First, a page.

Monday, 9 December 2013

Seasons Greeting's from FIND Maps

We thought we would take the opportunity to celebrate the festive season by producing a Christmas themed map using just the tools available on our free site -

The above example uses a unique map background created with the 'Customise Map' feature. Usually the Google Map comes in its classic map legend, but we have changed the map colours to produce a Christmas styled map theme.

The wreath and the snow have been created using just two annotation tools: circles and lines. You can edit the above map and a have a go at producing your own version with this link.

Tuesday, 13 August 2013

FIND Maps now with enhanced map printing

We’ve been asking our users what improvements they’d like to see to FIND Maps. The top response was easier map printing. So we’ve responded, and introduced a couple of significant enhancements to printing.

Printing is important because it enables users to get map and accompanying annotations out of and into a savable and sendable format (PDF or JPEG). The only other way to do this is to ‘export’ the map as data, but this requires high-end professional mapping software to open.

Our software engineers have now added additional map printing functionality to the site to make things faster and easier. The first change makes editing saved prints more straightforward. Now once you've saved a project the print area is clearly marked with a red border on the map screen.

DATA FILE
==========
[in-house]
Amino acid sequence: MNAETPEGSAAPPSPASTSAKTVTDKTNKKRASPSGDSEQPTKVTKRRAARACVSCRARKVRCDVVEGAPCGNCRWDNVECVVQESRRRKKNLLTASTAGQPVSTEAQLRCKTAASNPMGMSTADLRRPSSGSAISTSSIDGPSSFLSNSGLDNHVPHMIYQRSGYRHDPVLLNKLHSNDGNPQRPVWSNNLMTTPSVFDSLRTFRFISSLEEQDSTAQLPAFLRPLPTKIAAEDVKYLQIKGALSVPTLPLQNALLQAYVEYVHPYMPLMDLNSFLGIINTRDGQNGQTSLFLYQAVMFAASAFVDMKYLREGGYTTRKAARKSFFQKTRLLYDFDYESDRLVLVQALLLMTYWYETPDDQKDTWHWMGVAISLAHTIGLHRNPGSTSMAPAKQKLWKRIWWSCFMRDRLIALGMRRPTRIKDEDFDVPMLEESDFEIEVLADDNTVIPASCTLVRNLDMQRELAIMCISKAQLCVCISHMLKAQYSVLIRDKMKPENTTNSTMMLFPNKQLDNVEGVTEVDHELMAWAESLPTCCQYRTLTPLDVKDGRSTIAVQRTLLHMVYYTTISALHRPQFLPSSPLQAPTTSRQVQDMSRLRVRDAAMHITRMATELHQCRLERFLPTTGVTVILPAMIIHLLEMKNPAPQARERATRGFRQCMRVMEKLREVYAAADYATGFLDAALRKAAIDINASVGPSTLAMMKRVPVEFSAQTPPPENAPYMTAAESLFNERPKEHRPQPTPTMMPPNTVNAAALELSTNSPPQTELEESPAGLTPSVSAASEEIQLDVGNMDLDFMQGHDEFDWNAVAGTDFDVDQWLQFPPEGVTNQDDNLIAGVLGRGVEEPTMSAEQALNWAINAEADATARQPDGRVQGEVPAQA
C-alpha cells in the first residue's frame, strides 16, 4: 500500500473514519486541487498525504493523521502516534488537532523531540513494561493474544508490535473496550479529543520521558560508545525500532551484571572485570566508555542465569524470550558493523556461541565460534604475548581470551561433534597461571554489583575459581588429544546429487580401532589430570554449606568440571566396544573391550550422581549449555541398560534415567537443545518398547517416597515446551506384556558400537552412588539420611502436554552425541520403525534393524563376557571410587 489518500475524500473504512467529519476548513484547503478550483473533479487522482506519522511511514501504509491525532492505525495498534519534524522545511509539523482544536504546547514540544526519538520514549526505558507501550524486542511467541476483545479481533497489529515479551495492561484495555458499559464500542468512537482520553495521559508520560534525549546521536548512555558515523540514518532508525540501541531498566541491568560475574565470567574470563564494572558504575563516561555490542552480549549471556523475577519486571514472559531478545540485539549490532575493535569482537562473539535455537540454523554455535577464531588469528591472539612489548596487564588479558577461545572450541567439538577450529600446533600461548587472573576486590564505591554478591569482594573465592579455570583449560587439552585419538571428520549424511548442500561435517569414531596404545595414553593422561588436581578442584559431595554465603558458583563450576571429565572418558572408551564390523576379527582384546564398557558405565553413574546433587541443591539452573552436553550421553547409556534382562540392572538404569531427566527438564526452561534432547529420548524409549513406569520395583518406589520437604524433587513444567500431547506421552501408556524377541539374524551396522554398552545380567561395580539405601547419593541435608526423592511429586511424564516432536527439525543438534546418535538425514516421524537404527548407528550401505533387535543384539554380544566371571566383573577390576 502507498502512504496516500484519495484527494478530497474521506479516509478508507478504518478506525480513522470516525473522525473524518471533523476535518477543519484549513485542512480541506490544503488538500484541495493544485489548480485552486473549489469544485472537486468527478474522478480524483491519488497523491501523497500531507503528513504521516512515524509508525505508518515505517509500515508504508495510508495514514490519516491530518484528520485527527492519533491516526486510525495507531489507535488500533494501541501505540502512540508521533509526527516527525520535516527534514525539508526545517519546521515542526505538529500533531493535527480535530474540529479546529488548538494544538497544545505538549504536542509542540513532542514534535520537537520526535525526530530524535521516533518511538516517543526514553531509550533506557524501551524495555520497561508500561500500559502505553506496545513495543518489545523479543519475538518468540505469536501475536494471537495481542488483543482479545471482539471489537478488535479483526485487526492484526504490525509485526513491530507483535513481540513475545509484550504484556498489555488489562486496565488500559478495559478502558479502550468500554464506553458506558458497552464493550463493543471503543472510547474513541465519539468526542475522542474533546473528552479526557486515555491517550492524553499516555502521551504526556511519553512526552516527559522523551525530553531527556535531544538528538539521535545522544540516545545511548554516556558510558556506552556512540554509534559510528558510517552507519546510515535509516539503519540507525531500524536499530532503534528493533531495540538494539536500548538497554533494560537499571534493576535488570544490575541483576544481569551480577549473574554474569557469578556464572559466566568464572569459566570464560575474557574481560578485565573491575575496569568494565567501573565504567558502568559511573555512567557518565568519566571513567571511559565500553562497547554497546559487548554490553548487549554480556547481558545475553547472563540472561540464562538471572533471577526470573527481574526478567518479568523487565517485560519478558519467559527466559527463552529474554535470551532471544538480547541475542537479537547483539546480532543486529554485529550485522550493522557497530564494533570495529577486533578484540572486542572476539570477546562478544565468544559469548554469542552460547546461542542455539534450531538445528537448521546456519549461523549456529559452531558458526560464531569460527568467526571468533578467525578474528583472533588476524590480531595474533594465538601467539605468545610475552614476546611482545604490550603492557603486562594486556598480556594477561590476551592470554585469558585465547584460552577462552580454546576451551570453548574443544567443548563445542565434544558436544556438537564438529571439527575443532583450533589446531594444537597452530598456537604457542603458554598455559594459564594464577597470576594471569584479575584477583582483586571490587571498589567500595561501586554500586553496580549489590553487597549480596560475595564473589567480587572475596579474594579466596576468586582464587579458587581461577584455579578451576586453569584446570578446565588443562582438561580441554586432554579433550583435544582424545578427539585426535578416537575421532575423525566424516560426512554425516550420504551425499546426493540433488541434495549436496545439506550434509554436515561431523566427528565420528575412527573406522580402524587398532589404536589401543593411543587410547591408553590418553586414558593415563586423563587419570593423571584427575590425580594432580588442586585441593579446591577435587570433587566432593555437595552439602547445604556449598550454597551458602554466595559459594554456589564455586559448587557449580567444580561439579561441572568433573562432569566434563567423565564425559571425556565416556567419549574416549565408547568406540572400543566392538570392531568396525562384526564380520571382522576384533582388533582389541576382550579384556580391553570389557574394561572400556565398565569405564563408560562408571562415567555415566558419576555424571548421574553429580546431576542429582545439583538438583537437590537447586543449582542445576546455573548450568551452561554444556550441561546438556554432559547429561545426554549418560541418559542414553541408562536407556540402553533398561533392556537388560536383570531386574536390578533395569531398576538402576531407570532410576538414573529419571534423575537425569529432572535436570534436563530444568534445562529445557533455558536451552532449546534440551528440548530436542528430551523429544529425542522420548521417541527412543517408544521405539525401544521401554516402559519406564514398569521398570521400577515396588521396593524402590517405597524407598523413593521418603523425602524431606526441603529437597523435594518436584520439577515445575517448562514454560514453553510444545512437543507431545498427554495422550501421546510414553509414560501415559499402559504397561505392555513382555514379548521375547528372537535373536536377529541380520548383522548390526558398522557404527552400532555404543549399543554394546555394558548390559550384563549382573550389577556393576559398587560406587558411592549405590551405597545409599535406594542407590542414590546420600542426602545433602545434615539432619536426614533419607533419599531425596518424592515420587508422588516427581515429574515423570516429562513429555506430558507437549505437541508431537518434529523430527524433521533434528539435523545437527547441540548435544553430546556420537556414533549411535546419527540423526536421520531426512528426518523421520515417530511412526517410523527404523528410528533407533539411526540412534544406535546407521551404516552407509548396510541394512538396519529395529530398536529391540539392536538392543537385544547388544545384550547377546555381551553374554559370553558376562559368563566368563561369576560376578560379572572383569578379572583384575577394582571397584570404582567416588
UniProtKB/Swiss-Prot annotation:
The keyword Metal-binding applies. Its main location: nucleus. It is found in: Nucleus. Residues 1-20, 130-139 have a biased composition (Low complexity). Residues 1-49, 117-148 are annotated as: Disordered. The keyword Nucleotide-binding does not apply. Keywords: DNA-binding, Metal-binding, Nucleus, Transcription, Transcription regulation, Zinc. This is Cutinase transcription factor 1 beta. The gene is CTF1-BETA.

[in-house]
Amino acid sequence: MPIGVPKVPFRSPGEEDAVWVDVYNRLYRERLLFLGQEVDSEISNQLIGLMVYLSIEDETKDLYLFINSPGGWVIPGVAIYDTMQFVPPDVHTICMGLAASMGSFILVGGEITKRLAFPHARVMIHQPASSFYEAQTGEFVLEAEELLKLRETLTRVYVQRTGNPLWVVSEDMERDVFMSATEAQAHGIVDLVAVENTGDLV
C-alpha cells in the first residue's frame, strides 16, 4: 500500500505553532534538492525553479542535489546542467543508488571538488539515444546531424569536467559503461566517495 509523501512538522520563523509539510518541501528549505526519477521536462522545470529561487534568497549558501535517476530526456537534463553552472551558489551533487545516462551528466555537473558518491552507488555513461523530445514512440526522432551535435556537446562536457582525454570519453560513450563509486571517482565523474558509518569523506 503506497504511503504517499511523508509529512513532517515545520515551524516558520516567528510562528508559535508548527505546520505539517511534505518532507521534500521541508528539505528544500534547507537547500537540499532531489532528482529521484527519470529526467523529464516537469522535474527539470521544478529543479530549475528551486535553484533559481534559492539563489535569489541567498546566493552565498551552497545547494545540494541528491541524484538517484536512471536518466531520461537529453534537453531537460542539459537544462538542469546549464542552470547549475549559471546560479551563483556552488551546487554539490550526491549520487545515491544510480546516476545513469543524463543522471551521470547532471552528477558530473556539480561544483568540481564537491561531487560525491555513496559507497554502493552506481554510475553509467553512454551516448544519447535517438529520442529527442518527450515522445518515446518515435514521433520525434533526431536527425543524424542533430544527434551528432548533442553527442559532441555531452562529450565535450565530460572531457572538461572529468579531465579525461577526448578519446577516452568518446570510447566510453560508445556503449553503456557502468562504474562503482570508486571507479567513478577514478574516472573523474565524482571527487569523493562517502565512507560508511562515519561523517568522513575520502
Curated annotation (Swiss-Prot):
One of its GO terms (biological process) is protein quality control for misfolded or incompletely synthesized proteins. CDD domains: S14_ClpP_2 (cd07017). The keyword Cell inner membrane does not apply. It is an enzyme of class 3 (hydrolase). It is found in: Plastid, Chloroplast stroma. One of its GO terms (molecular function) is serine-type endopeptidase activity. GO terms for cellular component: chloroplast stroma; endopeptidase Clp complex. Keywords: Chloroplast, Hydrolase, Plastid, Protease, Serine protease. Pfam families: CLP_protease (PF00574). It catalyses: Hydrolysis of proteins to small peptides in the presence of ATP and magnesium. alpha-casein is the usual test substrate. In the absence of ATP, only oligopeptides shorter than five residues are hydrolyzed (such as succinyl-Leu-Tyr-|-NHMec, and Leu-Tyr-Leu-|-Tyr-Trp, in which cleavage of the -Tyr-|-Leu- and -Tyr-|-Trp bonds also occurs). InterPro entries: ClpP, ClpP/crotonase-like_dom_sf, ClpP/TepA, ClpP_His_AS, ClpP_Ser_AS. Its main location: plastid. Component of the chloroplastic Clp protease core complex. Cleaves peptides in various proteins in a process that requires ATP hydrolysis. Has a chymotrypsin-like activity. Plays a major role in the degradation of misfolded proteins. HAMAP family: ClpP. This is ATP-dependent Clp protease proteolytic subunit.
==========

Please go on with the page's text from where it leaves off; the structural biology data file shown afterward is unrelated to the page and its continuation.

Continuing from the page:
Picture of the saved print frame on the
The new saved print frame on the map screen

This new feature makes previous print areas immediately apparent; making it easier to identify them and will help users to avoid paying again for duplicate prints. It will also make it easier for users to change text and annotation on the print if needed.

The second new feature adds four standard print defaults scales to all maps. This means you can save time by selecting from frequently used standard map scales when printing. For example, if you are printing ‘Street’ map, it can be printed at 1:10 000 scale by selecting this from the drop down menu.

While making these changes to printing we have also taken the time to reduce the cost of printing the ‘Town’ map (1:50 000). Printing is now £1 for the first Km² and just 6p for each subsequent Km².

We're continually enhancing FIND Maps and adding new data/reports. If you have any ideas about how we might improve the site please send your suggestions to:

Monday, 22 July 2013

Streamlining Land Registry SIM searches

Are you paying for unnecessary maps to get your SIM? 

A Land Registry ‘search of the index map’ (SIM) allows you to discover all land titles as well as any unregistered land within or intersecting a search area. While this may sound simple, it can be a time consuming and costly process.

Who owns this land? Does anyone own it? A SIM can tell you.
CC Image courtesy of ComputerHotline on Flickr

If you’re not yet using FIND Maps for your SIM searches you’re likely to be buying a detailed and expensive map from one website and then submitting it to the Land Registry website.